6 Key Provisions to Consider in a Commercial Lease

When you make the decision to rent commercial space for your business, the considerations involved go far beyond location, term, and rent. Failure to take into account a number of other important issues, or ignorance of the detailed terms of your lease, can come back to haunt you with devastating consequences for the continued viability of your business.

You should always retain and consult with an experienced commercial real estate lawyer before signing any commercial lease or agreeing to any terms. Boilerplate legal documents are rarely a good solution. Your business is unique; your legal documents should be unique as well. As you are evaluating your options for your business’s new home, here are some crucial issues that you should keep in mind as you make your decision:

  • Build-out. Most often, the space to be rented will require significant work to make it suitable and desirable for your business.  You of course will want to spend as little as possible on the build-out so you will want to negotiate a significant tenant improvement allowance.  In a “turn-key” build-out, the landlord covers all of the costs of the improvements and factors those costs into the agreed-upon rent. Alternatively, the landlord can agree to contribute a set amount to the build-out.  Either way, you need to ensure that you maintain as much control over the build-out process as possible.
  • Use Provisions. Use provisions within commercial leases are designed to prevent similar or competing businesses from renting and occupying nearby space in the same building. This is obviously more of a concern for retail space, but it is important that your efforts are not undermined by other leases, and that you have ensured that all of your intended uses for the space are allowable under the lease terms.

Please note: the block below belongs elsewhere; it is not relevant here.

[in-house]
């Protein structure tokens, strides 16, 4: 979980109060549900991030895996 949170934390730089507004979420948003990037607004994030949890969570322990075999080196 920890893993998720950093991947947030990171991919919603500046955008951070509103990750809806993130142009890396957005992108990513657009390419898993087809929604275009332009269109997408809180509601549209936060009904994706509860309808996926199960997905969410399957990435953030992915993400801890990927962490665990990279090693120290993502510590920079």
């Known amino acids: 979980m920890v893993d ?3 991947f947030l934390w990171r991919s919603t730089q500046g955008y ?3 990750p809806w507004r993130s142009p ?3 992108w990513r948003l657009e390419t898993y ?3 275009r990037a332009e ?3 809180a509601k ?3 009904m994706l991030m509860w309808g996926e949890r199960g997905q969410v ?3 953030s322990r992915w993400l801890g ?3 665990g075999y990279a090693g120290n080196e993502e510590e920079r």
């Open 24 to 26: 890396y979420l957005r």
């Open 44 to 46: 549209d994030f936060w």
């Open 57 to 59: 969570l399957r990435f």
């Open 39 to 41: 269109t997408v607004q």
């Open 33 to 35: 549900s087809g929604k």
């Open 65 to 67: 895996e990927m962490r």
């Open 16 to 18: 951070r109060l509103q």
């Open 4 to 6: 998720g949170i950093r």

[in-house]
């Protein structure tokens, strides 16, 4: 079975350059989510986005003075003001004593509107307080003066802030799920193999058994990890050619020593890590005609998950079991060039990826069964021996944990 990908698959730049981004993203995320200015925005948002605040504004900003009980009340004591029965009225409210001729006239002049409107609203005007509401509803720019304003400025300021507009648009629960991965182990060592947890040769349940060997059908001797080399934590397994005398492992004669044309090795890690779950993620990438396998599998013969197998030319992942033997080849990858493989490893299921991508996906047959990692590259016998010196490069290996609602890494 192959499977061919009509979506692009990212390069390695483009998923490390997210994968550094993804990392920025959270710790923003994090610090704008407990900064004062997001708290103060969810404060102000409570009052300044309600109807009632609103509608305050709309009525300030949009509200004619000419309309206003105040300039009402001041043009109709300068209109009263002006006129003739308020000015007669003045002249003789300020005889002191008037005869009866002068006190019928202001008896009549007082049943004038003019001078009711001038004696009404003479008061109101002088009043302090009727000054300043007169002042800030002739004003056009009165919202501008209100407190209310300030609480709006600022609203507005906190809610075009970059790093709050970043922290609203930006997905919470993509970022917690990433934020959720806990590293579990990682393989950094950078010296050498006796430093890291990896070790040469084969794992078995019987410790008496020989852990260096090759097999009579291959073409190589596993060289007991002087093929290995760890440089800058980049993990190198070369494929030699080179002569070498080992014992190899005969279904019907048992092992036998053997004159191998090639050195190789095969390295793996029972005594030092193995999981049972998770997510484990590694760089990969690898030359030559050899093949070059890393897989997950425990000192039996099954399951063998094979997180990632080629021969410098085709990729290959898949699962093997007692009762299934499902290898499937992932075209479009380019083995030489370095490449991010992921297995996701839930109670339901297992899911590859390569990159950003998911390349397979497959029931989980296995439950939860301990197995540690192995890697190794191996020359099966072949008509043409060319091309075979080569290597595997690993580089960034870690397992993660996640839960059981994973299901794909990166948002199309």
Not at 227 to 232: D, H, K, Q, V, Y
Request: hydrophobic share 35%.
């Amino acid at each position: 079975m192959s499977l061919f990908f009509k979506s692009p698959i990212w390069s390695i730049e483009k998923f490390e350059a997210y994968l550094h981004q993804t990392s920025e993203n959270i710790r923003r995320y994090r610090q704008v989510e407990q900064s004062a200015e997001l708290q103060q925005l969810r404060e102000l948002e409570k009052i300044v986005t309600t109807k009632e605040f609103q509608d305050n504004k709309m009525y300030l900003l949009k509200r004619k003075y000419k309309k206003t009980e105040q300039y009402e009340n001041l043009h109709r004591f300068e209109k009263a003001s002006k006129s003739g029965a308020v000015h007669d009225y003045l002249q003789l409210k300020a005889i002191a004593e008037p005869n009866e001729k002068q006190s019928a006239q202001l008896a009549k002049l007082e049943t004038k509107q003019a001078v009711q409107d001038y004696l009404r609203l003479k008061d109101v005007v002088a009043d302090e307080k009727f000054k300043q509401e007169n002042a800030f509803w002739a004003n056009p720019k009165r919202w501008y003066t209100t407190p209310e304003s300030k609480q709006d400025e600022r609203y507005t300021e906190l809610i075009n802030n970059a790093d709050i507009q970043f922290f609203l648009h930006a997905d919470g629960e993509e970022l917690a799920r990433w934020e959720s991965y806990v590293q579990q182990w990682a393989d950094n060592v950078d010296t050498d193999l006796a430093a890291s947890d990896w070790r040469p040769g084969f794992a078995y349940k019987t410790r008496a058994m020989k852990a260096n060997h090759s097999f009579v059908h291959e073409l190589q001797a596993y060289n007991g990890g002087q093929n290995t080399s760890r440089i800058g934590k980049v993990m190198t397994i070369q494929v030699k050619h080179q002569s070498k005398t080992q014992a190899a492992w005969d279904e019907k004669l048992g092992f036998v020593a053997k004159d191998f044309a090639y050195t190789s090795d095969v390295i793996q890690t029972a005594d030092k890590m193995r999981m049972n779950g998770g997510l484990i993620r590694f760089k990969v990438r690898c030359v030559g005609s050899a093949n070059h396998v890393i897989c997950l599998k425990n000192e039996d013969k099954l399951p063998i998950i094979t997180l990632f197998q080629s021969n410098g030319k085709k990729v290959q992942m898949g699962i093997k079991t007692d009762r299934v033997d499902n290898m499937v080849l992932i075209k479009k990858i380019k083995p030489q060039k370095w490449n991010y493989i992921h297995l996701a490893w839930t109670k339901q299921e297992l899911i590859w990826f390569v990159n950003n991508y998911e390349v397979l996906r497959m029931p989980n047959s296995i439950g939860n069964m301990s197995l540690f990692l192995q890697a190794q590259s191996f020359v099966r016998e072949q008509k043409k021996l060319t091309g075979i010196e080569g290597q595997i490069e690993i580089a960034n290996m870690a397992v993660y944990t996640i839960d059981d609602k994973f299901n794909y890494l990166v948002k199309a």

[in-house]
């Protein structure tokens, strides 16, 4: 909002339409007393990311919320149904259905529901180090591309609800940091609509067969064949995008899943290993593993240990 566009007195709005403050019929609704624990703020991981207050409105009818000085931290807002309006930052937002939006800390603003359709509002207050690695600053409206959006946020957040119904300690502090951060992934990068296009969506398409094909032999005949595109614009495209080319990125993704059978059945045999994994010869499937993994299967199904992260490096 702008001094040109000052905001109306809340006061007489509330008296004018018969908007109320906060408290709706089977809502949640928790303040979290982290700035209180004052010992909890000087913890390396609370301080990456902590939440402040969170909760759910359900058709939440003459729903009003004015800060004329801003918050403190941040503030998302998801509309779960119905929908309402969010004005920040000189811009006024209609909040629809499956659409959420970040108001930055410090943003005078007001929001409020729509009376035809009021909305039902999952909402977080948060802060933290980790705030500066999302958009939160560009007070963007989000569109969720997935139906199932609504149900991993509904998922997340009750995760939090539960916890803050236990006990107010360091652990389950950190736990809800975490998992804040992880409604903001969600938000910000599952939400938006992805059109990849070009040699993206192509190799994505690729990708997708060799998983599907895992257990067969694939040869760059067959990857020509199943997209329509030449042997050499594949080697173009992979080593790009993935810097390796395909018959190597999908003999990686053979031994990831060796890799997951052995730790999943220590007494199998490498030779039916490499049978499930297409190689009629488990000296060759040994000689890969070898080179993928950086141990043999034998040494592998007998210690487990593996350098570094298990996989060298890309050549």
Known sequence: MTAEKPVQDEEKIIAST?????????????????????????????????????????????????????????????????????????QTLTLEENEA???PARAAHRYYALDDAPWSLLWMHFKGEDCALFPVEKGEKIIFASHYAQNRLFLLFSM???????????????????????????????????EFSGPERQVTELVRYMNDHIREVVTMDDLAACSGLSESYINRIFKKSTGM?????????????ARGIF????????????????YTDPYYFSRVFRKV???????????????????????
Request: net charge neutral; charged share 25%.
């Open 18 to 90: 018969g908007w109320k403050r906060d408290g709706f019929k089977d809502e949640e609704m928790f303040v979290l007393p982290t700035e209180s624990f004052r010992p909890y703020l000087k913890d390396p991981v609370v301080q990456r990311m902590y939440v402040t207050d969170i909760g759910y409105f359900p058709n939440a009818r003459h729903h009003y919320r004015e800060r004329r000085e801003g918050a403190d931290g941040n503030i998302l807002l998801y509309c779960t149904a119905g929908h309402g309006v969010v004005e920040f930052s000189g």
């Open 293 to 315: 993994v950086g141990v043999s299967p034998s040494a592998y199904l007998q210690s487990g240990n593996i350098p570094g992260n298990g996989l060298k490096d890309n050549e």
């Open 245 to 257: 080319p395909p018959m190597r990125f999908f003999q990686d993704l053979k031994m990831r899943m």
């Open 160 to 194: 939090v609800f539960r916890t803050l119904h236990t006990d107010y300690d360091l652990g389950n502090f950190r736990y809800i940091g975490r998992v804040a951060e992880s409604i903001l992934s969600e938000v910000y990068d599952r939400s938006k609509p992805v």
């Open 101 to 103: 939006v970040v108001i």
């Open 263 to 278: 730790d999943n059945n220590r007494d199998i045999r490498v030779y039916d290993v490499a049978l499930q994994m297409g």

• Assignment and Subletting. At some juncture, you may wish to assign or sublet your space to a third-party. Commercial leases almost always require that the landlord give prior approval before you can do so. Make sure that the landlord cannot unreasonably withhold its consent to a sublease and be careful to note that you will still likely be fully liable for all rents even if the lease is assigned or property sublet to another party.
  • Property and Facility Maintenance. It is critically important to define which party is responsible for maintaining the building and its interior. Although it may seem obvious that a landlord is in charge of repairing things like broken HVAC systems and leaking roofs, other items aren’t so clear-cut. If you bear the cost of new carpeting, shelving, and electrical wiring, is the landlord still obligated to fix these items if something fails? What if you install new signage? Who is responsible for repair costs pays for broken neon in one of the sign’s letters? These are all items that have the potential to create serious and costly conflicts if not addressed in the commercial lease agreement.
  • Gross v. Net Rent. Just like airlines tag on all kinds of fees on top of the base fare, your true monthly rental costs could be hidden if you don’t pay attention to whether you are signing up to pay “gross” or “net” rent. Gross rent is the rent calculated inclusive of all building costs. Net rent is the rent calculated excluding building costs. Make sure you understand what costs you will be on the hook for every month.
  • Default: Notice and Opportunity to Cure. You don’t want a technicality or an unexpected delay in making a rent payment to be an excuse for terminating your lease. You should seek to include provisions allowing for notice of default and an “opportunity to cure” before the landlord may begin exercising remedies.

These are just a handful of the issues that you need to consider as you engage in one of the most fundamental and impactful choices you can make for your business. With so much riding on the terms of a commercial lease, don’t make the mistake of thinking that form documents or your experiences as a residential tenant are sufficient to protect all that you have worked for. Meet with an experienced Chicago commercial real estate lawyer who can provide you with the guidance and peace of mind that will allow your business to thrive in its new home.

Louis R. Fine: Chicago Commercial Real Estate Lawyer